Boston’s future depends on a thriving seafood industry
The growing cluster of seafood processing firms in South Boston serves both local and nationwide businesses.
THERE IS A REASON a cod hangs in the State House as our official emblem. For almost as long as there has been a port in Boston, seafood has been a part of it. Seafood is linked to our regional identity, it is embedded in New England’s food system, and it needs to be — and can be — part of our economic future. But it should not be taken for granted.
The metropolitan area’s neighborhoods are, in many ways, known by their industries. Longwood equals medicine. Kendall Square is high tech. South Boston’s waterfront has become an innovation center. But few know it’s also home to innovative ways to process seafood. Long before the biotech firms, cool restaurants, and law firms made a home there, seafood companies were doing business in that part of town. It is important that there be room for the industry going forward.
Massachusetts ranks second to Alaska in the value of seafood caught nationally. Several of the state’s ports — especially New Bedford and Gloucester — bring in bigger catches than Boston. But Boston has the rare ingredients that position it as an epicenter of the state’s seafood processing industry. In close proximity, it has dockside access to fishing boats and seafood processors, an international airport, the interstate highway system, and a global shipping container facility.
There are 58 seafood businesses within a 1.25 mile radius of South Boston. The 101-year-old Boston Fish Pier is still home to the city’s working fishing fleet, and its catch has grown by 80 percent in recent years, with 20 million pounds landed in 2013 despite federal policy restrictions. A mix of new tenants and longstanding businesses is bringing renewed energy to the Fish Pier. Two years ago, 67 percent of the processing spaces were occupied. Today, 94 percent of space is filled. Twenty-one fishing boats have berthing spots at the Fish Pier, another six are on a waiting list.
While South Boston’s Seaport District has undergone remarkable change in the last 40 years, so too has the seafood processing industry centered there. But it has done so with little notice while grappling with enormous challenges — including a relentless decline in the stock of fresh Atlantic groundfish during the 1980s and 1990s, according to federal reports.
Today, processors are leveraging new technologies and relying on a global network of imports and exports by air and sea. There is more focus than ever on letting consumers know when and where fish was caught. That’s important because people increasingly prefer fresh over frozen fish.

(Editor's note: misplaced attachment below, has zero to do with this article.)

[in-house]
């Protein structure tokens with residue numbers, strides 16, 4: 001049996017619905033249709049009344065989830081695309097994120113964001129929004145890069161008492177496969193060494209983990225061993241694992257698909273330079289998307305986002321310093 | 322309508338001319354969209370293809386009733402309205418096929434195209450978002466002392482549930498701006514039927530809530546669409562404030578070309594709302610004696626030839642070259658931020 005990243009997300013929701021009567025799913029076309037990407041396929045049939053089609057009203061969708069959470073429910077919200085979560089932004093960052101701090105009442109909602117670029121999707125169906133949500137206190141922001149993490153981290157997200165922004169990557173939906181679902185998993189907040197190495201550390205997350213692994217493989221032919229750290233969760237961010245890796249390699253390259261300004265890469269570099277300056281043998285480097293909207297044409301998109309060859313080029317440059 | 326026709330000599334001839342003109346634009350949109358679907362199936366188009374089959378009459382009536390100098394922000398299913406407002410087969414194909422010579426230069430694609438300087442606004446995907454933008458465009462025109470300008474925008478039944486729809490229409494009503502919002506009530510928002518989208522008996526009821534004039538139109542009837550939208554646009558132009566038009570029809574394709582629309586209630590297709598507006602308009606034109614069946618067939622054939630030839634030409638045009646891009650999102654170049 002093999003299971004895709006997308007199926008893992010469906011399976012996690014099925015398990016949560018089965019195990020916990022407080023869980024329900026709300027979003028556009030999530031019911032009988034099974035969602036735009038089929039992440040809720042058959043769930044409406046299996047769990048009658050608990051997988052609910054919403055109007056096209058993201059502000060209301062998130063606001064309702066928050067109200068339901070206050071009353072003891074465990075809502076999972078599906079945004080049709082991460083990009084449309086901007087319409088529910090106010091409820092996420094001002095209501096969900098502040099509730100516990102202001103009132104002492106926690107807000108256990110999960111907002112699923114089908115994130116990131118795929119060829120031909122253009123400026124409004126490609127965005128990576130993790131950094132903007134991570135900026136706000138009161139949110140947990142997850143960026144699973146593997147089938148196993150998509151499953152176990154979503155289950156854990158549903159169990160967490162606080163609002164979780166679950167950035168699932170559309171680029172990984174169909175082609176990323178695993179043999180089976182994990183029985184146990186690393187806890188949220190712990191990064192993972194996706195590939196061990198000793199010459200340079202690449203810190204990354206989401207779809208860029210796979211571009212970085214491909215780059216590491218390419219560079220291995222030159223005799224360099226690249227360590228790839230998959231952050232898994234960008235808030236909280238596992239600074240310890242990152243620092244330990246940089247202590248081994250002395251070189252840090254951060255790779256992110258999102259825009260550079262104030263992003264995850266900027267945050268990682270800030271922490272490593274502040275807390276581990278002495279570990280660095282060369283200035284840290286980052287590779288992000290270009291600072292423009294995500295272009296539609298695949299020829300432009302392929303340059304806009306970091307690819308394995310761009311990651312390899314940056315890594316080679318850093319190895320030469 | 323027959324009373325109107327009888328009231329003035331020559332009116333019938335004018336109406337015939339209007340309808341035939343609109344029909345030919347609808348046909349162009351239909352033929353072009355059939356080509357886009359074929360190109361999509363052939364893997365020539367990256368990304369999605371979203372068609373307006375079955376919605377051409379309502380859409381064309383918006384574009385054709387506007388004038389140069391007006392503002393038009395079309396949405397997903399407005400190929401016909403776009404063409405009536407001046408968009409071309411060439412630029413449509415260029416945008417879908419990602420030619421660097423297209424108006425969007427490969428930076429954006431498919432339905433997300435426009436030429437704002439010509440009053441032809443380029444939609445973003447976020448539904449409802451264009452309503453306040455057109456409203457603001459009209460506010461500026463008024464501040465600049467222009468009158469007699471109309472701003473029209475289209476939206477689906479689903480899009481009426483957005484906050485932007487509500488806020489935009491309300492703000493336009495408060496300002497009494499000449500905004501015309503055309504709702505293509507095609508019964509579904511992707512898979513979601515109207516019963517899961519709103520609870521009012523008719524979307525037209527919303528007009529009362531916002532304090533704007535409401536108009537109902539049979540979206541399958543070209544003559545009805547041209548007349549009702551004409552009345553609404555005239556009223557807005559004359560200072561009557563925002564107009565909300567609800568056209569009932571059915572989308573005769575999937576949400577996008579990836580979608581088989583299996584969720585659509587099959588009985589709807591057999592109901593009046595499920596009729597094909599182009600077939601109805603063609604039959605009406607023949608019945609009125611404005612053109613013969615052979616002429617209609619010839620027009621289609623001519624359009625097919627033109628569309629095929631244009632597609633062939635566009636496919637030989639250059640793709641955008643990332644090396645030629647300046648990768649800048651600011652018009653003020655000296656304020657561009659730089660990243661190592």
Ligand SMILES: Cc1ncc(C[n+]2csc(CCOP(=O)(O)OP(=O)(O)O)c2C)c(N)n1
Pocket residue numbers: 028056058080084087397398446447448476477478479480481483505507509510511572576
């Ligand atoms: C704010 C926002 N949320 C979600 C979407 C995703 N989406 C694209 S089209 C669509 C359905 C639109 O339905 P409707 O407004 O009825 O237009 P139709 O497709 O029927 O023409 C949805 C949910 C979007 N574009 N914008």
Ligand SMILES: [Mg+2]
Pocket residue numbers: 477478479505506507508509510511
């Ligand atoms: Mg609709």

The growing cluster of seafood processing firms in South Boston doesn’t just serve local restaurants, markets, and supermarkets where you get fresh salmon and swordfish — it does the same for restaurants around the nation. Chances are good the swordfish you eat at a steak restaurant in Chicago was cleaned, filleted, weighed, and cut on Drydock Avenue in South Boston.
To make this possible, quick access from boat to processing facility is especially critical. For example, fish flown in to Logan from fishing hubs like Iceland is trucked to South Boston. Once the fish is unloaded, skilled workers clean and debone it into fillets inside facilities where temperatures hover in the 30s year-round.
The fish travels on specialized conveyor belts to be weighed and then sliced by lasers, turning a five-pound fillet into 13 six-ounce portions in seconds. The portion sizes are packaged and sent back to the airport to be flown around the country.
Clearly, seafood processing is a growth industry in Boston. The 1,400 jobs in seafood processing represent about 20 percent of the port’s total of 7,000. Employers range in size and scale — from Fish Pier businesses like new entrant Red’s Best and third generation stalwarts like Atlantic Coast Seafood to large national and global operations like Legal Sea Foods and North Coast Seafoods.
The seafood industry still faces challenges. Nationally, consumption of seafood is flat, even though the health benefits are well known. Catch quotas designed to protect the industry are making it harder than ever for men and women who take to the sea to earn a living. And consumers haven’t exactly embraced the promotion of plentiful species such as monkfish and razor clams.
But it’s not as though people don’t like eating seafood — the fourth annual Seafood Festival, held on the Fish Pier earlier this month, attracted a large crowd of over 10,000.
Massport is committed to industry growth by making sure there is room in the Seaport District for new processors and expanded seafood businesses, and the blue-collar jobs they bring.
You can put a law firm anywhere, but seafood needs a working port.
Thomas Glynn is chief executive of the Massachusetts Port Authority.